ASHBURTON^-THIS DAY. (Before Mr V. G. Day, S.M.) By-Law Breaches. John Bladder (Inspector for tho Borough Council) proceeded against William Beach for riding a cycle without a light, between' the hours of sunset:aiid ,'sunrise;—defendant stated that he understood a person was allowed to ride an hour after sunset without a light. —John Blackler said that defendant was riding his bicycle on the footpath on January 28 about 8.30 phn. He was not sure of the time to a few niinui" ;.—The Bench stated that the sun had sat at 7.27 p.m. on the date in question.—Plaintiff desired] time to call witnesses, and the case was( adjourned for a week. Ernest Joll was charged with cycling on tho footpath, and pleaded guilty. A ( fine of ss, with 7s costs, was imposed. Drunkenness. Andrew Hope, was charged with being,found drunk on the Asljburton railway station on February 12. He pleaded guilty, and was fined 20s, in default 48 hours' imprisonment. Failure to Keep Water-Races Clean.
The Ashburton County Council (Mr Pnrnell) proceeded against D.aniel James Daly and Patrick Joseph Daly for failing to kejp a water-race' in good order and repaijjj. Defendants pleaded guilty.—Mr PuKnell said that in consequence of! defendants' neglect others had had to go ■shorts of water - just at the time when water was needed. —1( or the defence it was stated that pressure of time had been the cause of , the neglect.—His Worship said it was the duty of all farmers to keep the waterraces clean. A fine of 40s, with 7s costs and £1 Is professional costs, was imposed. Joseph Doherty (Mr Kennedy) was similarly charged. —Alonso Dray ton, vater ranger for rthe County Council, stated that the race in question ran next to defendant's property, and he was liable for keeping it in order.'— Mr Purnell explained ,that the waterraces were not formed on the road for the benefit of the public, but for the I good of the farmers holding adjoining land, and quoted the Act giving power to proceed against farmers neglecting to clean races on roads adjoining their property and making the farmers responsible' for cleaning and repairing them. —Witness said that the race was in a dirty condition. t lie had notified defendant of the condition more than once, .but only a little had been done to the race. The gorse obstructed the flow of water.—By Mr Kennedy: He had had no complaints from farmers as regards lack of water. There was no water running to waste. —By Mr Purnell: The water did not run freely. The silt was there, in consequence of the race not being cleaned:—-Alexan-der Anderson stated that tho race Jn question was very dirty. It was full of silt and gorse, and needed cleaning. —By Mr Kennedy: Witness had been in the County Council's employ for about four years. There had been no prosecution during the former inspec-tors-time. There was a good, flow of, water, but it \yas not flowing freely.— Joseph Doherty (tho defendant) stated that the race was in the same order that it had been for the past 17 years.' No neighbour had ever complained. The silt was river s^ilt, and the more that was taken out tire more the race would scour /, There was a good flow of water, and he tested it and found that it ran about a chain to the minute, or nearly a mile an hour. The neighbours had never complained, and no water ran to waste, only in flood time. His father had objected to the 'race, which was of no use to witness, as he had plentey of water without it.— By Mr Purnell: There might have been a small quantity of gorse in the race; there was also silt in it. He had cleaned the race when the water was turned off. He had done a little to the race since receiving the summons. He had riot taken much notice of the ranger, as he (witness) thought the i : ranger did not know what he was talking about.—By Mr Kennedy:. Nearly every day something; got into the race that needed taking out, and it needed attention. after • every storm. —Kate Doherty. gave corroborative evidence. There was no obstruction to the race.— Fy Mr Purnell: They had objected to having the race or anything to do with it. Witness did not know what_ state the race had been in at the: time of the alleged offence.—Willia-mArgyle,"a farmer, stated that defendant lived a mile and a-half from witness, farther up the race. . He had known the race for many years, and had nevei^ seen it obstructed or, not running freely. In times of flood the race overflowed, and ran down the road for miles. There was corse on either side but it did not stop the water.—By Mr Purnell: He had seen the race a week ago. He had not seen any watercress in the race. Witness had not examined the race.—By Mr, Kennedy: He passed the race continually; it was in good order in January.—His. Worship stated that he< would enter a y conviction, but as the case was not nearly so bad as the, majority of 'similar ones and as there was no "actual obstruction; of : the water, .defendant would merely'have to pay costs. ffl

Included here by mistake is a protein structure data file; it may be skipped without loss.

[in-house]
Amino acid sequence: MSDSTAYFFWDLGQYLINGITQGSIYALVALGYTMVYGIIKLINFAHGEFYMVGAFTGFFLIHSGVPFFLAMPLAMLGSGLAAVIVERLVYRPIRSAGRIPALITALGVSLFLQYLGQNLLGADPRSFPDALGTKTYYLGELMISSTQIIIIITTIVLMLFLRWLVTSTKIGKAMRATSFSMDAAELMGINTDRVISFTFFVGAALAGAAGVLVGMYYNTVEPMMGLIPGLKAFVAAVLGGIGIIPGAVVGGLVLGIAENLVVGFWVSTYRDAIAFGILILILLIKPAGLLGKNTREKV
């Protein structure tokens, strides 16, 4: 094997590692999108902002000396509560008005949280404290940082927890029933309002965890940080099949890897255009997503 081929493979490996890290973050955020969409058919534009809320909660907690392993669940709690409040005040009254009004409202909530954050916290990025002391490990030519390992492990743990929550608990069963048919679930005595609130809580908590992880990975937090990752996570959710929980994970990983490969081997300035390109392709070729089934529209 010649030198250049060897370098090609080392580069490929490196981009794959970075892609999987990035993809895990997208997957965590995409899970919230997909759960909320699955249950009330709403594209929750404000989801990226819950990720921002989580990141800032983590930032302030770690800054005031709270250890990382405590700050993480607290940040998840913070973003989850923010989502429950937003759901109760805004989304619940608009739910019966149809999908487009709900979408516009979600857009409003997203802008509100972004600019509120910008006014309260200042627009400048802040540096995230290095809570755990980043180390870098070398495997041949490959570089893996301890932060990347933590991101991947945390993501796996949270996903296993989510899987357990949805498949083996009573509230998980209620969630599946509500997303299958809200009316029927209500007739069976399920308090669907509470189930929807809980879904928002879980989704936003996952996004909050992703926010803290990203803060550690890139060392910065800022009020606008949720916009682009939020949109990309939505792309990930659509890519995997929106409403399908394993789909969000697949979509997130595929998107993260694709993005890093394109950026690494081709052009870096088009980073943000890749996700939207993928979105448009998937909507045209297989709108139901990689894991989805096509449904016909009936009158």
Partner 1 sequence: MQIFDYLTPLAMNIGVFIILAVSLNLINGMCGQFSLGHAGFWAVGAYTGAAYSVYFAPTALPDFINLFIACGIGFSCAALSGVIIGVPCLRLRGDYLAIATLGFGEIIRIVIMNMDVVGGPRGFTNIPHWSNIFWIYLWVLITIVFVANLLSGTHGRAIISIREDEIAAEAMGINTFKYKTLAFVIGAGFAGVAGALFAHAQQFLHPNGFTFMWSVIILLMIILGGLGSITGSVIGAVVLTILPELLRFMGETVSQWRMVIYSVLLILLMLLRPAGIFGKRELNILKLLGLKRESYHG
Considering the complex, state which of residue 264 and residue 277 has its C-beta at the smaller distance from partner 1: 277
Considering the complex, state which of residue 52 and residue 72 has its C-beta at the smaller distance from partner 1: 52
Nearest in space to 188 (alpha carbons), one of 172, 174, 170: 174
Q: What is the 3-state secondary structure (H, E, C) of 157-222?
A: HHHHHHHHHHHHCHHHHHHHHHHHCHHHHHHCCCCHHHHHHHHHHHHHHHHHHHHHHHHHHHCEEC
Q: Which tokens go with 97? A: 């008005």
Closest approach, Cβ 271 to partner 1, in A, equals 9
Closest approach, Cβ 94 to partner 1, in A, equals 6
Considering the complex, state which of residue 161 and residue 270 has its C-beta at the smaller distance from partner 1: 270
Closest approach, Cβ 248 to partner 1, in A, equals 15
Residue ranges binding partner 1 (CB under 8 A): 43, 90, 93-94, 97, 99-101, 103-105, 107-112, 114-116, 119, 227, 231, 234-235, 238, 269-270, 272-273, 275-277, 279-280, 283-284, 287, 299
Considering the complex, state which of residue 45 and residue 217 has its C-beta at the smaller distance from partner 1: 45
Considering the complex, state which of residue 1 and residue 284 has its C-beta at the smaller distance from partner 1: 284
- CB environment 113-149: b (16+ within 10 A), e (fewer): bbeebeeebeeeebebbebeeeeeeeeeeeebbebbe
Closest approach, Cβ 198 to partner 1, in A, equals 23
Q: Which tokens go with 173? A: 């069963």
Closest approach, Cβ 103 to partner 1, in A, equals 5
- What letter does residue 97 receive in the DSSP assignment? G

Indebtedness. I M. D. Brown (M;r Buchanan) obtained a verdict against Ernest Stokes for |' the sum of £7 12s,,.with costs. .
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Ashburton Guardian, Ashburton Guardian, Volume XXXIII, Issue 8793, 13 February 1914
MAGISTERIAL. Ashburton Guardian, Volume XXXIII, Issue 8793, 13 February 1914
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